Flag kept as souvenir by World War II veteran returns to Japan
YOKOTA AIR BASE, Japan — A flag recovered from a sunken Japanese warship was returned to its home port Monday thanks to the American sailor who carried it from the battlefield in World War II.
The Shizugawa Tenyomaru started out as a fishing vessel sailing out of Minami Sanriku, a village in Miyagi Prefecture, Japan.
When the war broke out, the ship was drafted into the Imperial Japanese Navy, sent south to defend Japanese-held islands and ended up on the bottom of the Pacific Ocean after it was sunk by Allied forces.
Pete Losh, 94, of Dayton, Ohio, has a hazy memory of exactly how he came into possession of a large flag recovered from the wreck.
It may have been found after the battle of Guadalcanal — where dozens of Japanese, U.S., Australian and New Zealand ships were sunk in Savo Sound, called Ironbottom Sound by Allied sailors. Or it might have been found off the island of Saipan, site of another epic battle.
“The Japanese ship was sunk by one of ours close to shore but in about 100 feet of water,” Losh said this week.
He was leaning over the gunwales of the USS Chickasaw — a seagoing combat tug that hauled fuel and ammunition — when a diver who had gone down to inspect the sunken ship surfaced with the colorful flag, which had been fluttering underwater in a beam of sunlight.
“He said, ‘Take this flag. You want it?’” said Losh, who served as a petty officer 1st class on four ships during World War II, including the aircraft carrier USS Essex, which survived a kamikaze attack.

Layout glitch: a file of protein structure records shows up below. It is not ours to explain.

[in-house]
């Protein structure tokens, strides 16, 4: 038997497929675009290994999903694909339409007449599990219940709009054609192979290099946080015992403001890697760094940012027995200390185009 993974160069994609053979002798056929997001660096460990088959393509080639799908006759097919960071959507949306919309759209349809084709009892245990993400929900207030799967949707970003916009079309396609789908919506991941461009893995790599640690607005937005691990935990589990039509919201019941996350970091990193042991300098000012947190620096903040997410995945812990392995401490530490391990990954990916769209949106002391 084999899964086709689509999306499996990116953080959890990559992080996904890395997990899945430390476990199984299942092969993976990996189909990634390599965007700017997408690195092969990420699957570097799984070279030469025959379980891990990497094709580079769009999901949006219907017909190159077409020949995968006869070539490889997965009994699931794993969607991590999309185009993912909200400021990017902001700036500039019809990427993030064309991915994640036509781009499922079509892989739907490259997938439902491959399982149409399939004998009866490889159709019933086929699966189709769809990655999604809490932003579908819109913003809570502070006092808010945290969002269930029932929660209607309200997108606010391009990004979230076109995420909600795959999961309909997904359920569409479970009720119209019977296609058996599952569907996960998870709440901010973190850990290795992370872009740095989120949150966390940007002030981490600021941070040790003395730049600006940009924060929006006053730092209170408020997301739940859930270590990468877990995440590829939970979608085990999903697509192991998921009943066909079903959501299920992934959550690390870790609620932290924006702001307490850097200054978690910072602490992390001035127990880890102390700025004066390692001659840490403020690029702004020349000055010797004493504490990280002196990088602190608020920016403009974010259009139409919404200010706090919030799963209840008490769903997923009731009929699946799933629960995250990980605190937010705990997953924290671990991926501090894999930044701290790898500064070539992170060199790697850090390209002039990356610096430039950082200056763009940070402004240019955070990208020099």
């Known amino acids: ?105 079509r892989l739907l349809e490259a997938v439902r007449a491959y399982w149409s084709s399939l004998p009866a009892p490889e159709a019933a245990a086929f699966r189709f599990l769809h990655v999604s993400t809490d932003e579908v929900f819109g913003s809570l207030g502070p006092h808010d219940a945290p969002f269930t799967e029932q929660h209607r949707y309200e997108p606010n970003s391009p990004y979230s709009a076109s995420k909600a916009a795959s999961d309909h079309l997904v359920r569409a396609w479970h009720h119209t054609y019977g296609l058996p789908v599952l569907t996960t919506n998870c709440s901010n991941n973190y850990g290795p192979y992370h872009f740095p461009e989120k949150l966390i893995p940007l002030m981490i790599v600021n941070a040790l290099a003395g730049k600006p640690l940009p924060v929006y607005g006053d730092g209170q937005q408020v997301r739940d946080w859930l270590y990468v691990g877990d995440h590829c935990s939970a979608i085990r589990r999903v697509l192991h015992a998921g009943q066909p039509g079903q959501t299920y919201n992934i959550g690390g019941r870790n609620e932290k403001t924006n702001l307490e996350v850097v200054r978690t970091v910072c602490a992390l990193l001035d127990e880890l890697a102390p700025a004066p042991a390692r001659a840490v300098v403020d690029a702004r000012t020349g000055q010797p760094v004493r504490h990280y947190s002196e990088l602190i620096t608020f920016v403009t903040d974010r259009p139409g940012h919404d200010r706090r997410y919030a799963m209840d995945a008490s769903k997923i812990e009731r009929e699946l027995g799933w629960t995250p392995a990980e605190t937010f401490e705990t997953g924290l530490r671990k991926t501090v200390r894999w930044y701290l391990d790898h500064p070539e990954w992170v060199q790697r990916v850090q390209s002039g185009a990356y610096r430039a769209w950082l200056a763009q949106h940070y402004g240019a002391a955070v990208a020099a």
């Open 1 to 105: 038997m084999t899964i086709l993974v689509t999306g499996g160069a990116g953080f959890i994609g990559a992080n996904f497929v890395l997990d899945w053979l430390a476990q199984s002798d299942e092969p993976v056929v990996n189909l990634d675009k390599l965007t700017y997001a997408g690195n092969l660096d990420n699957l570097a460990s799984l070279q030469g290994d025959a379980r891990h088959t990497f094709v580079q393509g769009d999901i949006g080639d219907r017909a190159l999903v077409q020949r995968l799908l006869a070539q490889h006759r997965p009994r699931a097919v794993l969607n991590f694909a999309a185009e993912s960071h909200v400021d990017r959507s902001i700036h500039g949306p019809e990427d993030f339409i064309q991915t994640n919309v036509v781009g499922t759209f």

After five years in the Navy, Losh went home to Ohio with nightmares about the death and destruction he’d seen on Saipan. He graduated college, forged a career in commercial art and continues to paint. He recently finished a picture of the Essex that may end up on the USS Yorktown — now a floating museum near Charleston, S.C., he said.
For decades, the Japanese flag Losh brought home sat in a box full of old photographs and other mementos. It wasn’t until a friend asked about his war experiences that the old sailor opened the box and found the flag, which had kanji characters printed on it.
Losh’s friend contacted the Japanese government, and officials translated the kanji to find out the name of the ship and where it came from. Losh handed the flag over to the Consulate-General of Japan in Detroit last month and, since then, has received regular updates on the search for its owner.
“They told me about the captain (of the the Shizugawa Tenyomaru) who went down with his ship,” Losh said. “They’ve contacted his family.”
A ceremony in Minami Sanriku – an area of northeast Japan still recovering from 2011’s devastating tsunami – marked the flag’s return after a seven-decade journey, said a statement from the U.S. Embassy in Tokyo.